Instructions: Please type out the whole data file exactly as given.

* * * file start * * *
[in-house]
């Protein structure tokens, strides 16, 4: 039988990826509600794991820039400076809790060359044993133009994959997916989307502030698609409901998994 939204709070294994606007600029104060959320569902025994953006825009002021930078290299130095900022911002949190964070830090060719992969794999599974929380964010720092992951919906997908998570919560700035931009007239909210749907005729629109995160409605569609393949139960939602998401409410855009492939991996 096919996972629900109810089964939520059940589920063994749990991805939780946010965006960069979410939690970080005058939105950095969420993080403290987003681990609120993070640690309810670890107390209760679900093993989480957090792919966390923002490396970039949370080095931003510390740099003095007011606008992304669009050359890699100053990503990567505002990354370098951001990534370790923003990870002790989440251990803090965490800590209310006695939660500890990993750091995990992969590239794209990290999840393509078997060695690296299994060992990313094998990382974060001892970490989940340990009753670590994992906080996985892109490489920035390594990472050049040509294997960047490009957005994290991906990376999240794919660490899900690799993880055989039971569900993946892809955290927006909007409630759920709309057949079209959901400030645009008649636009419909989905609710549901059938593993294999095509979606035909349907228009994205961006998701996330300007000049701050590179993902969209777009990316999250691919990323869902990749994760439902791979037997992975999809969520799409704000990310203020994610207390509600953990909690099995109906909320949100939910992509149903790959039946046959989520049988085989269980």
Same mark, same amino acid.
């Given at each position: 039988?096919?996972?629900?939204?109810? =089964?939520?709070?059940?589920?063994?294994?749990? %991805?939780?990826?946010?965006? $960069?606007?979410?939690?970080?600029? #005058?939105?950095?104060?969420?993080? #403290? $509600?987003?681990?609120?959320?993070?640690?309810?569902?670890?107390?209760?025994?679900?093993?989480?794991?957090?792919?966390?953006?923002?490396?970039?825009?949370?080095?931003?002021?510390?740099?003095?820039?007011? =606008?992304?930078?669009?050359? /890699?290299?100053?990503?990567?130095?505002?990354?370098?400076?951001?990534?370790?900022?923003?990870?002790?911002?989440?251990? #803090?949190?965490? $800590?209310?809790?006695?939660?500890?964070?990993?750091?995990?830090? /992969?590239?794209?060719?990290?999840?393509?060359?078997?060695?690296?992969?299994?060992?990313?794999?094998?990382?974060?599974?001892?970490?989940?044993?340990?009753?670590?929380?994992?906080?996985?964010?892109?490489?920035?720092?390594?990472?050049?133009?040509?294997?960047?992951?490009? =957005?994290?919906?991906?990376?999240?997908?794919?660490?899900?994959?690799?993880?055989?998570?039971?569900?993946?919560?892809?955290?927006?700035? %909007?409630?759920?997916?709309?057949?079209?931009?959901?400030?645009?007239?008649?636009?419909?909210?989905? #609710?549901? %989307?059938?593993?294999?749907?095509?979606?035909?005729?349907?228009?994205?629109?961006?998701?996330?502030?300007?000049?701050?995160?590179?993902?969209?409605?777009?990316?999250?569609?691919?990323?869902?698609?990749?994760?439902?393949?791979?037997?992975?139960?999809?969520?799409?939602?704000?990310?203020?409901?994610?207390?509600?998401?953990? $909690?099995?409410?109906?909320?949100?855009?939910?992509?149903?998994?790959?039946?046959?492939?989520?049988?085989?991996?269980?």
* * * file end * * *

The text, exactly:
[in-house]
């Protein structure tokens, strides 16, 4: 039988990826509600794991820039400076809790060359044993133009994959997916989307502030698609409901998994 939204709070294994606007600029104060959320569902025994953006825009002021930078290299130095900022911002949190964070830090060719992969794999599974929380964010720092992951919906997908998570919560700035931009007239909210749907005729629109995160409605569609393949139960939602998401409410855009492939991996 096919996972629900109810089964939520059940589920063994749990991805939780946010965006960069979410939690970080005058939105950095969420993080403290987003681990609120993070640690309810670890107390209760679900093993989480957090792919966390923002490396970039949370080095931003510390740099003095007011606008992304669009050359890699100053990503990567505002990354370098951001990534370790923003990870002790989440251990803090965490800590209310006695939660500890990993750091995990992969590239794209990290999840393509078997060695690296299994060992990313094998990382974060001892970490989940340990009753670590994992906080996985892109490489920035390594990472050049040509294997960047490009957005994290991906990376999240794919660490899900690799993880055989039971569900993946892809955290927006909007409630759920709309057949079209959901400030645009008649636009419909989905609710549901059938593993294999095509979606035909349907228009994205961006998701996330300007000049701050590179993902969209777009990316999250691919990323869902990749994760439902791979037997992975999809969520799409704000990310203020994610207390509600953990909690099995109906909320949100939910992509149903790959039946046959989520049988085989269980």
Same mark, same amino acid.
């Given at each position: 039988?096919?996972?629900?939204?109810? =089964?939520?709070?059940?589920?063994?294994?749990? %991805?939780?990826?946010?965006? $960069?606007?979410?939690?970080?600029? #005058?939105?950095?104060?969420?993080? #403290? $509600?987003?681990?609120?959320?993070?640690?309810?569902?670890?107390?209760?025994?679900?093993?989480?794991?957090?792919?966390?953006?923002?490396?970039?825009?949370?080095?931003?002021?510390?740099?003095?820039?007011? =606008?992304?930078?669009?050359? /890699?290299?100053?990503?990567?130095?505002?990354?370098?400076?951001?990534?370790?900022?923003?990870?002790?911002?989440?251990? #803090?949190?965490? $800590?209310?809790?006695?939660?500890?964070?990993?750091?995990?830090? /992969?590239?794209?060719?990290?999840?393509?060359?078997?060695?690296?992969?299994?060992?990313?794999?094998?990382?974060?599974?001892?970490?989940?044993?340990?009753?670590?929380?994992?906080?996985?964010?892109?490489?920035?720092?390594?990472?050049?133009?040509?294997?960047?992951?490009? =957005?994290?919906?991906?990376?999240?997908?794919?660490?899900?994959?690799?993880?055989?998570?039971?569900?993946?919560?892809?955290?927006?700035? %909007?409630?759920?997916?709309?057949?079209?931009?959901?400030?645009?007239?008649?636009?419909?909210?989905? #609710?549901? %989307?059938?593993?294999?749907?095509?979606?035909?005729?349907?228009?994205?629109?961006?998701?996330?502030?300007?000049?701050?995160?590179?993902?969209?409605?777009?990316?999250?569609?691919?990323?869902?698609?990749?994760?439902?393949?791979?037997?992975?139960?999809?969520?799409?939602?704000?990310?203020?409901?994610?207390?509600?998401?953990? $909690?099995?409410?109906?909320?949100?855009?939910?992509?149903?998994?790959?039946?046959?492939?989520?049988?085989?991996?269980?």